You've probably heard of psychologist Dr. K. Anders Ericsson's theory that, with 10,000 hours of practice, anyone can become expert at anything.
The idea was popularised by Malcolm Gladwell in his book Outliers, and often pops up in articles and publications.
What about talent?
The idea that anyone can expertly master a random field of pursuit after 'just' 10,000 hours of practice has appeal. But I don't believe it's as simple as that. If you allocated me the task of mastering tennis or squash, for example, I'd probably give up long before achieving that goal due to boredom and frustration.
I reckon that to stick to anything long enough to master it then we need the existence of desire, and that probably won't take root unless we have some aptitude or talent for the pursuit in the first place.
Becoming an expert investor
Endeavouring to achieve investing prowess is stimulating for me. I have entrepreneurial blood pumping through my veins, and read business and investing books as a recreational activity!
In my case, on top of an earlier career in business, by my reckoning I have about 7,000 hours of serious investing study and practice under my belt, and my passion for it burns as strong as ever. I think that's what it takes to become an expert in any pursuit: a strong desire built on an aptitude for the field and 10,000 hours of practice.
In his book Be Excellent At Anything, Tony Schwartz sets out what he believes are six key steps to excellence:
1. Pursue what you love
This one is obvious to many, but it took a long time for me to figure it out. As a young man, I wasted far too much effort trying to shore up my weaknesses. Trust me, it's not the way to excel in life. I reckon the best way is to focus on building your strengths first. Use your leftover energy to address weaknesses, but not at the expense of playing to your strengths.
According to Schwartz, passion is an incredible motivator that fuels focus, resilience and perseverance. He's right. If you have that for investing, you're heading for, or already have, expertise. If investing is a bit of a chore, buy an index tracker or some other passive investment vehicle and divert your 10,000 hours to mastering golf, or singing, or horticulture, or whatever sets your passion burning.
2. Do the hardest work first
It's easy to become distracted in the world of investing. Reading bulletin board posts, newspapers and articles, or checking share price movements and posting on message boards -- although entertaining and sometimes useful on the margins -- is not necessarily counting towards the 10,000 hours of practice required to become an expert.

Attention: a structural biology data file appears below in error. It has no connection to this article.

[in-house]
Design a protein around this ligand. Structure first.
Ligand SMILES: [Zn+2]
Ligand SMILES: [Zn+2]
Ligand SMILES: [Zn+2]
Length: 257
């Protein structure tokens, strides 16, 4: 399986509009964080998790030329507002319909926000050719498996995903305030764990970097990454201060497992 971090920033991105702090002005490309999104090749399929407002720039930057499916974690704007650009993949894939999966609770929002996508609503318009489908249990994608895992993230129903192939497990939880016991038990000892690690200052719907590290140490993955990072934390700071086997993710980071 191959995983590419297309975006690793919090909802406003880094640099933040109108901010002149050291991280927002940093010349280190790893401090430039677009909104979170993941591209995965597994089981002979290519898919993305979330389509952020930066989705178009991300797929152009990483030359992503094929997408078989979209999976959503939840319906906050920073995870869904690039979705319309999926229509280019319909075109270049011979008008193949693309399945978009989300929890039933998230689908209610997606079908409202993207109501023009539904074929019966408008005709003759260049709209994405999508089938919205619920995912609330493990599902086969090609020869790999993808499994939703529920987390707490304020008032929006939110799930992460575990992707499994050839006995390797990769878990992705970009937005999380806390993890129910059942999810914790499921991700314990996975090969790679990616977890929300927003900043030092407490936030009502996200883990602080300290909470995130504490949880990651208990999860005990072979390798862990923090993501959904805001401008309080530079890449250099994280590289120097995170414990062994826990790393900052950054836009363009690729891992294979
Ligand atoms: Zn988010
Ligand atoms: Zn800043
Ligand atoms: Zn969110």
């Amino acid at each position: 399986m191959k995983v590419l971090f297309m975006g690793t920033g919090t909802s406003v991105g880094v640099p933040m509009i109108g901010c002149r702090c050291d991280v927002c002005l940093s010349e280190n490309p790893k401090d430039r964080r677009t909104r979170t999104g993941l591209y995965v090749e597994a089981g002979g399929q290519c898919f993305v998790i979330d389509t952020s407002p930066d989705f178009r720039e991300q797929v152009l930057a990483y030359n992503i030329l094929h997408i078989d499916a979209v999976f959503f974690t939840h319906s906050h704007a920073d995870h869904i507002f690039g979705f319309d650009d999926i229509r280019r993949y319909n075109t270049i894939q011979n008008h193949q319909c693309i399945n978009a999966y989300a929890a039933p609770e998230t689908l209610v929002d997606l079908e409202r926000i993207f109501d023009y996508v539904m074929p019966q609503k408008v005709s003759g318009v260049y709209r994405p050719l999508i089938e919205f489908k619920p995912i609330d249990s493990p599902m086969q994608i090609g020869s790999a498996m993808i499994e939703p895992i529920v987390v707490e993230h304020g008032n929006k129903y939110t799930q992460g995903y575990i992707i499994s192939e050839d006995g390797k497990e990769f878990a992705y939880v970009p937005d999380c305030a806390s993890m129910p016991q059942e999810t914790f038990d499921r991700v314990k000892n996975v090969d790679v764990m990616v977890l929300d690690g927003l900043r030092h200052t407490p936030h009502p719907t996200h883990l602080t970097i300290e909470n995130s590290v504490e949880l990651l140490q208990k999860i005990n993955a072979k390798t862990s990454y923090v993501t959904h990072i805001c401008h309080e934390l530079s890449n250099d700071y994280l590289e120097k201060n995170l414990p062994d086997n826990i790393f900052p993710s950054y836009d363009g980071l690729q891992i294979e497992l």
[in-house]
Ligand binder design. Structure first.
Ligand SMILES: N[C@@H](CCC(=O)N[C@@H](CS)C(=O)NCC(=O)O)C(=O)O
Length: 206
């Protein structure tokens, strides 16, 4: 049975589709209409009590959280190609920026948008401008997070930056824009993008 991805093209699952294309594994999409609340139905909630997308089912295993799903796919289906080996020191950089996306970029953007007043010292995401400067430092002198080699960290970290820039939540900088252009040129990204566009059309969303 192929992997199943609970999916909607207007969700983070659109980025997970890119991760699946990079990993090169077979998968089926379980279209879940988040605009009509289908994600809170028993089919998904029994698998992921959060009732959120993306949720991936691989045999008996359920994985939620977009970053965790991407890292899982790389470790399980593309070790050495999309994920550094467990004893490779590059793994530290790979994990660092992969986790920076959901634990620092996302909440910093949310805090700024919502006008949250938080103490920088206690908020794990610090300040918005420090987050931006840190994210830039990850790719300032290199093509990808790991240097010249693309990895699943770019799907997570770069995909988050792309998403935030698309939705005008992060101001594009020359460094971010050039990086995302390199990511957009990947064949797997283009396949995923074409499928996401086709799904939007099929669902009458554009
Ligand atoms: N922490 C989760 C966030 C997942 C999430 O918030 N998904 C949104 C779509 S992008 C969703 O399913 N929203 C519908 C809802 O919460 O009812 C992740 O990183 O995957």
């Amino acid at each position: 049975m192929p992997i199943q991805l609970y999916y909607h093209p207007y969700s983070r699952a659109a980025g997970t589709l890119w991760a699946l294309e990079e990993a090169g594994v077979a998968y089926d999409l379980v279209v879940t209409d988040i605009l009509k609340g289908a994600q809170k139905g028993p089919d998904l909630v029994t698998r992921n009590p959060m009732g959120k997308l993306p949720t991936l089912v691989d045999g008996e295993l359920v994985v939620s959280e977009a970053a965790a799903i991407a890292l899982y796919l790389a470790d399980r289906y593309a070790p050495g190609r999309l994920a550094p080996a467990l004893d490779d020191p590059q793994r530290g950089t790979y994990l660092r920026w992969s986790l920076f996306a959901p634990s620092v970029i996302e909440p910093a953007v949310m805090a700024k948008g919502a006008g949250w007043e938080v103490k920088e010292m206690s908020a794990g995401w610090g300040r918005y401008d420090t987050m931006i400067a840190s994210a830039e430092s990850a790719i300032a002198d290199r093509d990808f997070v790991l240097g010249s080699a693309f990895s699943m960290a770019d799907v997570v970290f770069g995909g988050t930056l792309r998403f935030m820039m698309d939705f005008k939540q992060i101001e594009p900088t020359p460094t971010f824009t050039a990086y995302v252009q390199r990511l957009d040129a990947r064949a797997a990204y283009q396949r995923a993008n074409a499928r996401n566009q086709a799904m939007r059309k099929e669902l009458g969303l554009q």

A better approach is to spend your time pursuing the difficult tasks that will move your investing forward. For example, valuing and analysing businesses, targeted study of investment literature, record keeping and analysis of investing successes and failures, and evaluating the differences between companies in terms of accounting, strategy, markets and competitive advantages.
3. Practise intensely
Short, intense bursts of focused activity are better than long, grinding hours glued to your desk and computer screen. In fact, Schwartz reckons that sessions of 90 minutes are quite long enough before taking a break.
Joyously, he also says that evidence shows that great performers practise no more than four-and-a-half hours a day. Indeed, I'm a great fan of the less-is-more school of investing, and rarely need encouragement to sneak off for some fun!
4. Seek expert feedback in small doses
There are many expert investors active on the Motley Fool discussion boards, and if you use the boards intelligently, and not for idle chat, they are a great investing resource. Schwartz says that the simpler and more precise the feedback, the more equipped you are to make adjustments. Too much feedback can create cognitive overload, increase anxiety and interfere with learning.
Bouncing ideas off other investors can be useful, I reckon, but don't become hooked on it. In the end, investors must make their own decisions and learn their own lessons.
5. Take regular renewal breaks
Relaxation or alternative activities can provide the opportunity to both rejuvenate and metabolise learning, says Schwartz. It's also during such activities that creative breakthroughs tend to arrive.
That certainly works for me. I've found that clarity and understanding on investment topics can arrive at the most unexpected moments.
6. Ritualise practice
For me, mornings are the best time to perform difficult and mentally demanding tasks like investing, so I ritualise practice then. Schwartz reckons that establishing specific, inviolable times for practice prevents us squandering energy thinking about them. He reckons that research shows that none of us possesses much will power or discipline, so rituals get around that weakness.
Overall, I think Schwartz is on the money. What do you think?
By Kevin Godbold